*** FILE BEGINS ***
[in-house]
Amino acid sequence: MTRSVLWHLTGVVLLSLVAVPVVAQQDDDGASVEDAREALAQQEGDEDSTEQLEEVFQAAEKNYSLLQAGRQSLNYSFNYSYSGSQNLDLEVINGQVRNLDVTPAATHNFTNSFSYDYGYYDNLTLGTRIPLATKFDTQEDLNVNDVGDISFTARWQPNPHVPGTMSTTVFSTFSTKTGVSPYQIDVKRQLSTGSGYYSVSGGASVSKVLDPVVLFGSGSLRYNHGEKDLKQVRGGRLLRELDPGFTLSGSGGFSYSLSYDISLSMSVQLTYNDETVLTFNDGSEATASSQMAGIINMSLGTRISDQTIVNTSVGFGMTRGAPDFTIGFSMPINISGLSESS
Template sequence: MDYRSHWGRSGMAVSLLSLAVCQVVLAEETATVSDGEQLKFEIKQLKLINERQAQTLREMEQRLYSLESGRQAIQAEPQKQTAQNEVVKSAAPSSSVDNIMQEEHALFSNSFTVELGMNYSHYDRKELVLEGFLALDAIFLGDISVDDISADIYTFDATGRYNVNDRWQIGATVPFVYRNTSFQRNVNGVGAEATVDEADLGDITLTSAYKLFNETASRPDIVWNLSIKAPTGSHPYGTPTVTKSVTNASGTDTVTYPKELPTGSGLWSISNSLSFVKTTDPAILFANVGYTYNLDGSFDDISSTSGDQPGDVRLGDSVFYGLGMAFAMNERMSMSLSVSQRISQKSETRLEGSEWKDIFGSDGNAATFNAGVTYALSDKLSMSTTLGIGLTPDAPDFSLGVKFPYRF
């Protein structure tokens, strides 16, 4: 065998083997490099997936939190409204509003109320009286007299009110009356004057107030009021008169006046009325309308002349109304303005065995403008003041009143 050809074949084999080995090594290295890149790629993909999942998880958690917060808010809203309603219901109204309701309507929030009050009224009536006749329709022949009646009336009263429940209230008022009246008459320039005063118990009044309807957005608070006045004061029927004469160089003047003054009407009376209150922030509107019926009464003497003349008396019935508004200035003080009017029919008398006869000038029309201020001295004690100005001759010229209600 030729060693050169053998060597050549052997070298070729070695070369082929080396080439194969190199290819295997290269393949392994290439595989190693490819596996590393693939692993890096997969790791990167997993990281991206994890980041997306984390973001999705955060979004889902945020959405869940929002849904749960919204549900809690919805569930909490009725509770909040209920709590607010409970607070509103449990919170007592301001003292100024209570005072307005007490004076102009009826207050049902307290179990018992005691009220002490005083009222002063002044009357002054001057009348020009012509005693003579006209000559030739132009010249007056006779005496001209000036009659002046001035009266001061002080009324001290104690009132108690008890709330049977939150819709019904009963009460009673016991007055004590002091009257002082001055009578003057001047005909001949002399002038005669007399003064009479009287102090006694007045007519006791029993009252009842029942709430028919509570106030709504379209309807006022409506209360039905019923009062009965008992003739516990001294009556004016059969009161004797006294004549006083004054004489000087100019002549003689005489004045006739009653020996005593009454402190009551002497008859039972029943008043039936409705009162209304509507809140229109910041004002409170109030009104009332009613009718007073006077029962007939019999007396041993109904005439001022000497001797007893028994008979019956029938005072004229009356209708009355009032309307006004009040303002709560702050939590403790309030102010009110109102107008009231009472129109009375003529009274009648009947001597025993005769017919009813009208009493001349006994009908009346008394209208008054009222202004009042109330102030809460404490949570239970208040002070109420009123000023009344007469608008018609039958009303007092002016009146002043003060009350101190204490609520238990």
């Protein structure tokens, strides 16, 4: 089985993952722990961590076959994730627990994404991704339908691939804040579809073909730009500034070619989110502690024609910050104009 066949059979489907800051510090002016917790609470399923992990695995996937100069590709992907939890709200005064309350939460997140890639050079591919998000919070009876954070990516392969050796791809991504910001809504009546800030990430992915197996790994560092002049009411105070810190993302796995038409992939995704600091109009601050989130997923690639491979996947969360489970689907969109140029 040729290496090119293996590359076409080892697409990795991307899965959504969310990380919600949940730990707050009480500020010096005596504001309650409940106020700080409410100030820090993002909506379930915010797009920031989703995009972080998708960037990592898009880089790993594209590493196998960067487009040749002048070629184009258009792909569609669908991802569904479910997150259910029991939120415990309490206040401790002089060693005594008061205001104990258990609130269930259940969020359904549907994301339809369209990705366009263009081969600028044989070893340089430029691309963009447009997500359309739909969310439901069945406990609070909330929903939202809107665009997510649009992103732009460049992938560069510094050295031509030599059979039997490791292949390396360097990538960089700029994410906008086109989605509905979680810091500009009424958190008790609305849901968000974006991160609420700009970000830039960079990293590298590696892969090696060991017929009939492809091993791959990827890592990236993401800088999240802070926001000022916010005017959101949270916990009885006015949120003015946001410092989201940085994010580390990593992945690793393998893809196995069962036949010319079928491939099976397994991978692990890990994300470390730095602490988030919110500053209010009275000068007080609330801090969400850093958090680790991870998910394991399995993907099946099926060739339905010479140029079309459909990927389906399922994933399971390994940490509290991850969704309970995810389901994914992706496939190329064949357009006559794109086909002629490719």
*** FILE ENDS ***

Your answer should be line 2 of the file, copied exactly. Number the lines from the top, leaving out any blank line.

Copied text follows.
Amino acid sequence: MTRSVLWHLTGVVLLSLVAVPVVAQQDDDGASVEDAREALAQQEGDEDSTEQLEEVFQAAEKNYSLLQAGRQSLNYSFNYSYSGSQNLDLEVINGQVRNLDVTPAATHNFTNSFSYDYGYYDNLTLGTRIPLATKFDTQEDLNVNDVGDISFTARWQPNPHVPGTMSTTVFSTFSTKTGVSPYQIDVKRQLSTGSGYYSVSGGASVSKVLDPVVLFGSGSLRYNHGEKDLKQVRGGRLLRELDPGFTLSGSGGFSYSLSYDISLSMSVQLTYNDETVLTFNDGSEATASSQMAGIINMSLGTRISDQTIVNTSVGFGMTRGAPDFTIGFSMPINISGLSESS